Ely Electric & Property Solutions
What is a GFCI and why do I need them?
GFCI stands for Ground Fault Circuit Interrupter. It is an electrical device (usually a circuit breaker or receptacle) that is installed to prevent electrocutions. They are designed to protect people from severe or fatal shocks. Because a GFCI is designed to detect ground faults, it can also prevent some electrical fires by stopping the flow of electricity when a problem occurs.
Where are GFCI's needed?
The National Electrical Code REQUIRES GFCI protection for all 120 volt receptacles installed in any of the following locations:
* Homeowners who do not have GFCI protection in these areas should consider having them installed.
What is an AFCI and why do I need them?
AFCI stands for Arc Fault Circuit Interrupter. It is an electrical device (usually a circuit breaker) that is installed to prevent fires caused by an electrical arc, which is caused by a problem in a home's electrical system.
* Problems in a home's wiring such as arcing/sparking are associated with more than 40,000 home fires each year. These fires claim over 350 lives and 1400 injuries annually, along with millions of dollars in property loss and damages.
* Typical household fuses and circuit breakers do not respond to early arcing and sparking conditions in a home's wiring. By the time a fuse or breaker opens the circuit, a fire may have already begun.
Where are AFCI's needed?
The National Electrical Code REQUIRES AFCI protection for all circuits that serve the following areas:
Family Living Rooms
Any Room in Which a Person May Sleep
* You may want to consider adding arc fault protection to older homes to benefit from the added protection against the possibility of an electrical fire.
* The US Consumer Product Safety Commission conducted an extensive study of residential fires with an electrical origin and concluded that the majority need not have occurred, and that conditions that caused the fires probably could have been detected by an electrical inspection. Many of the homes studied were between 40 and 100 years old, and have NEVER had any type of inspection since they were built.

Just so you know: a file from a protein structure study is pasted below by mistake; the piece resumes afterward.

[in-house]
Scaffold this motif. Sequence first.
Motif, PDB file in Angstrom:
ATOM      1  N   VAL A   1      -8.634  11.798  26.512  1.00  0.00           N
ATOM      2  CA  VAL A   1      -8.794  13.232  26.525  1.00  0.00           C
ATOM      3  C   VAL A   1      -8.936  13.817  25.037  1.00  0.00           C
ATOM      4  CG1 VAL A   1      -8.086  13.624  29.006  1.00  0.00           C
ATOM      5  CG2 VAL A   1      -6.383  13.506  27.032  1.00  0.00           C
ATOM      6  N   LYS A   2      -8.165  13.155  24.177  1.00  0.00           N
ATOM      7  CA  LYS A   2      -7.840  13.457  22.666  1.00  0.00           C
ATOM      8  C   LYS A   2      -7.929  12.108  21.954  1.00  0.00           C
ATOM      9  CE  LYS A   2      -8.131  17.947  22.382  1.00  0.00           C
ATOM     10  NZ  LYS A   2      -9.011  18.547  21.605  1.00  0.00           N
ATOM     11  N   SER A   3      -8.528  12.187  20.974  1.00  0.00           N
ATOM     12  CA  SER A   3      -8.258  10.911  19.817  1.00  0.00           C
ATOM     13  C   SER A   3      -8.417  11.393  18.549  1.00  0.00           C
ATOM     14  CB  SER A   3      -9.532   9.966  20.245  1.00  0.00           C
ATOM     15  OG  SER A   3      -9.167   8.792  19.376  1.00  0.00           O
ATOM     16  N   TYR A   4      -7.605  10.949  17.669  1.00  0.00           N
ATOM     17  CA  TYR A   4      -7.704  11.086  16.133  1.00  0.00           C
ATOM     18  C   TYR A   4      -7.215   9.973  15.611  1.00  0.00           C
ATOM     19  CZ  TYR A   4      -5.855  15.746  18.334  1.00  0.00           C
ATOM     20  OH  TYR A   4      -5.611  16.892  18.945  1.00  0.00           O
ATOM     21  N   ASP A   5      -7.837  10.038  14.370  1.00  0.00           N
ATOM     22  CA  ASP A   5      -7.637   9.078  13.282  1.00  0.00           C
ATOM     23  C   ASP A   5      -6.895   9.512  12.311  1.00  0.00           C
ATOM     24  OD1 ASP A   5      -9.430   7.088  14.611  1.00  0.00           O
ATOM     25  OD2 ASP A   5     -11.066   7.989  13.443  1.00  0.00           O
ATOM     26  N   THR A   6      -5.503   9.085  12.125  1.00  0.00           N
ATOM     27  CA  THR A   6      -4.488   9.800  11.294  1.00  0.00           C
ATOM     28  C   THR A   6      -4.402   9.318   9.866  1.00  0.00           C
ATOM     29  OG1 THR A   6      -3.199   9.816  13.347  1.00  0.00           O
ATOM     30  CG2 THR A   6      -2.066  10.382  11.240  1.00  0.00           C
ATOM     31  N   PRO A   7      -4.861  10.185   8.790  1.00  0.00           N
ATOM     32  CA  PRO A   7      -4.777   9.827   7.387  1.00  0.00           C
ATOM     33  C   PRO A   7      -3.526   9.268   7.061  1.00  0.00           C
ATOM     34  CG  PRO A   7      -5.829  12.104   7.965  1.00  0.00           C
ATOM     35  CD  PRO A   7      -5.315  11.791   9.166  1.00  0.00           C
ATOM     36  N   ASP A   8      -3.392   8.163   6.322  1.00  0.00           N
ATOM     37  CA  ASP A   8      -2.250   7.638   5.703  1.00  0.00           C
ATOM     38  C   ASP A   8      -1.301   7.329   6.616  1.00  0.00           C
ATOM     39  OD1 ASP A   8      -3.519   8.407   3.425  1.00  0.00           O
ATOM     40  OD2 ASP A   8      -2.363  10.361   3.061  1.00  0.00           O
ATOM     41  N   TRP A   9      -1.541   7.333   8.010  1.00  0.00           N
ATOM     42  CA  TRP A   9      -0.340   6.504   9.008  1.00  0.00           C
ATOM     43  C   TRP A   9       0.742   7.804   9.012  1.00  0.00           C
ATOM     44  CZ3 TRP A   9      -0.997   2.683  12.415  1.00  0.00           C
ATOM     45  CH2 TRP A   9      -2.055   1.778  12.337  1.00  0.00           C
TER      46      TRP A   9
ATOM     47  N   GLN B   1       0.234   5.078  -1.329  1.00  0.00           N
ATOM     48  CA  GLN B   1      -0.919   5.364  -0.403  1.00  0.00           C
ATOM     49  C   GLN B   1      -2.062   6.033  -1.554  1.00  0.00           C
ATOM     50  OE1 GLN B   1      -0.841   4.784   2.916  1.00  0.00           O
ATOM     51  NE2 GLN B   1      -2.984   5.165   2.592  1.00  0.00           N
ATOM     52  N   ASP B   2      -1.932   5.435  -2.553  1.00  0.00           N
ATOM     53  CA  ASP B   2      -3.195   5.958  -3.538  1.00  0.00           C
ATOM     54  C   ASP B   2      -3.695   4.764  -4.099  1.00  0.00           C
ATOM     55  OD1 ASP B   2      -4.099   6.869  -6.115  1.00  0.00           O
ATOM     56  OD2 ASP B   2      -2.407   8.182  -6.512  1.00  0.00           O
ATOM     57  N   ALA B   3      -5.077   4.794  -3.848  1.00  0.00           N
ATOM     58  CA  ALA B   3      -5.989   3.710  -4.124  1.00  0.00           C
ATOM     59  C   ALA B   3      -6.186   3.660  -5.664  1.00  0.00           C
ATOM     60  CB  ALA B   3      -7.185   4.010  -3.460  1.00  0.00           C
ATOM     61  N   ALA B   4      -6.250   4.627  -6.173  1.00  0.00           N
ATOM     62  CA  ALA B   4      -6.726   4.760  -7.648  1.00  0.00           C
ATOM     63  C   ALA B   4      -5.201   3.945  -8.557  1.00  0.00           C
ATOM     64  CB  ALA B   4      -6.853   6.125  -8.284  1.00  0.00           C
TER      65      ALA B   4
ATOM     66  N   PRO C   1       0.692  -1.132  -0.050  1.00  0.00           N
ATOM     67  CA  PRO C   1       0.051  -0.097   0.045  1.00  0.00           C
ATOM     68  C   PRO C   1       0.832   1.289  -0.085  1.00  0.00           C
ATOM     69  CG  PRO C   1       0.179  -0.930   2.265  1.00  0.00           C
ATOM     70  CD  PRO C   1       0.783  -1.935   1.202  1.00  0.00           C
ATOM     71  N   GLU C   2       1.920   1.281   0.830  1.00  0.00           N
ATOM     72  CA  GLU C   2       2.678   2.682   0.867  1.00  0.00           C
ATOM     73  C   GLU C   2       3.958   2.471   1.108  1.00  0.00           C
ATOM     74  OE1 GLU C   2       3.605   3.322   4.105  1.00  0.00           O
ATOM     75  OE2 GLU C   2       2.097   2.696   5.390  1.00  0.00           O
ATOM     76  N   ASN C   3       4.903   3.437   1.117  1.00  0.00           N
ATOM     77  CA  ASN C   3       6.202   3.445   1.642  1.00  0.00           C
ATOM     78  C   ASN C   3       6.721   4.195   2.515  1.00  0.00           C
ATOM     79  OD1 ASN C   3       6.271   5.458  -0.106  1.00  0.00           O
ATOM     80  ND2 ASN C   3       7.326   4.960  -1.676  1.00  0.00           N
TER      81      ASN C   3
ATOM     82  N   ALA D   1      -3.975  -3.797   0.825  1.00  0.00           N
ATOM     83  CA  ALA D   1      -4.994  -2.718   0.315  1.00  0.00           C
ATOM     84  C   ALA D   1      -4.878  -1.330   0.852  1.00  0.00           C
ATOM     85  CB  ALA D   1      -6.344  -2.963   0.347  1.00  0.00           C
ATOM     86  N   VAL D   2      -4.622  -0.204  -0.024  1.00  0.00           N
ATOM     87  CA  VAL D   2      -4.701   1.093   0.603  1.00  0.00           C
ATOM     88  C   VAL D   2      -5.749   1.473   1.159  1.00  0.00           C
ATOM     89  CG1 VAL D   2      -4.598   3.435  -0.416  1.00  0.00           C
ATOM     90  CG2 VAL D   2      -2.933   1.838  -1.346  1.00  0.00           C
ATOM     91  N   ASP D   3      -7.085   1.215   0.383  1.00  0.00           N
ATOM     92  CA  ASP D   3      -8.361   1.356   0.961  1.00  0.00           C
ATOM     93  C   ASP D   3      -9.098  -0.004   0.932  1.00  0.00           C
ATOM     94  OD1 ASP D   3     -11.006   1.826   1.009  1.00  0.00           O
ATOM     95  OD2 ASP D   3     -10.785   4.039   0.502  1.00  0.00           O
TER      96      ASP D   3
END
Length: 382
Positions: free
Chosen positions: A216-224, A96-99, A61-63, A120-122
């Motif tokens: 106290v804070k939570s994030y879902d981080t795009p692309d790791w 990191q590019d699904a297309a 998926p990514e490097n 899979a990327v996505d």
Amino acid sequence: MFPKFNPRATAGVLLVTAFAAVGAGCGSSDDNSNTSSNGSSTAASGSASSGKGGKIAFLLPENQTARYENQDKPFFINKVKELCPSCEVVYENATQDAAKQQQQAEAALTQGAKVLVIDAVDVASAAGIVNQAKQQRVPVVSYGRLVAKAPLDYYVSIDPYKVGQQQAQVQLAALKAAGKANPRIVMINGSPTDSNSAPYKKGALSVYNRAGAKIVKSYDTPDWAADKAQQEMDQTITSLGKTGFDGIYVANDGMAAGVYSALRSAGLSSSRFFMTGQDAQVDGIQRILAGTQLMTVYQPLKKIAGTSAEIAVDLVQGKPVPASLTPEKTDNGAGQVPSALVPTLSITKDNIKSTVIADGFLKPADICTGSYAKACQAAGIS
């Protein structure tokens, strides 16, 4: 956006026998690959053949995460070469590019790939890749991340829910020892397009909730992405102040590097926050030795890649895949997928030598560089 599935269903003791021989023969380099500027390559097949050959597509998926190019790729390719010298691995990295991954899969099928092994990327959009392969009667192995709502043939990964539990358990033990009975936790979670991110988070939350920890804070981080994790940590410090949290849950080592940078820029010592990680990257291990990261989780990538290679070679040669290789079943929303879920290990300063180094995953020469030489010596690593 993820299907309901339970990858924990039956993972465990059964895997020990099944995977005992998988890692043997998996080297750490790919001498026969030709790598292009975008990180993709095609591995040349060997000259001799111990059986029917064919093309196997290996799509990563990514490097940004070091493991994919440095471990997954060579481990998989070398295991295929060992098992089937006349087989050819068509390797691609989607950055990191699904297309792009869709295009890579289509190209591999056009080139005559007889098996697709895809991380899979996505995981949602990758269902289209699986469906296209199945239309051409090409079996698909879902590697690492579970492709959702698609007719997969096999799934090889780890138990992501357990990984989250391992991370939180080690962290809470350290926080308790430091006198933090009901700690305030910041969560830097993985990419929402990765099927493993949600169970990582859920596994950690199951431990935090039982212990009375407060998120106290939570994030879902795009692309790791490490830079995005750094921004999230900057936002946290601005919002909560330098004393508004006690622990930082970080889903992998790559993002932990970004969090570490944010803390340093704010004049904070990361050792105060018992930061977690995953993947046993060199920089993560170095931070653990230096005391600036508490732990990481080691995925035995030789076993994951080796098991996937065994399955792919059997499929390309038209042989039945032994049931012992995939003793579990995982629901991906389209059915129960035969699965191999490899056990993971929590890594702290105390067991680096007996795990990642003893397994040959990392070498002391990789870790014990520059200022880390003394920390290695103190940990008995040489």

How much can I put on an individual circuit?
Fifteen (15) amp circuits should not be loaded above 1440 watts; and Twenty (20) amp circuits should be held under 1920 watts.
Fifteen (15) amp overcurrent protection is used for 14 gauge wire, and Twenty (20) amp protection for 12 gauge wire.
* Increasing the size of the overcurrent protection (fuse / breaker) should never be done. The fuse blows or the breaker trips for a reason... too much load, or a fault somewhere on the circuit. Determine why immediately!
Watt Ratings for Common Household Items:
Electric Space Heater
1/3 HP Sump Pump
Window Air Conditioner
Is surge protection necessary, and is it effective?
The Cooper Dev. Assc. study determined that the average residence receives almost 2000 transient electrical surges annually. These variances in current shorten the life of many electronic appliances, and slowly degrades them. These losses are estimated to be 26 billion per year.
Surge protection, when correctly applied, is very effective. Most experts agree that a layered approach is the best method. This involves the use of "Whole House" surge protection installed at the point of entry, the breaker panel, and then at the point of use, using the plug in strips. The type of arresters I install have indicator lights that display their status, and have a $10,000 equipment warranty.
What type of energy Efficiency upgrades could I have installed for My existing Home ?
There are many Lighting upgrades such as CFLs, LEDs, or any fixture that has the "Energy Star" rating, along with the use of occupancy sensors to insure lights are not used in unoccupied areas.
Programmable thermostats also provide the opportunity for energy savings, and can pay for themselves very quickly.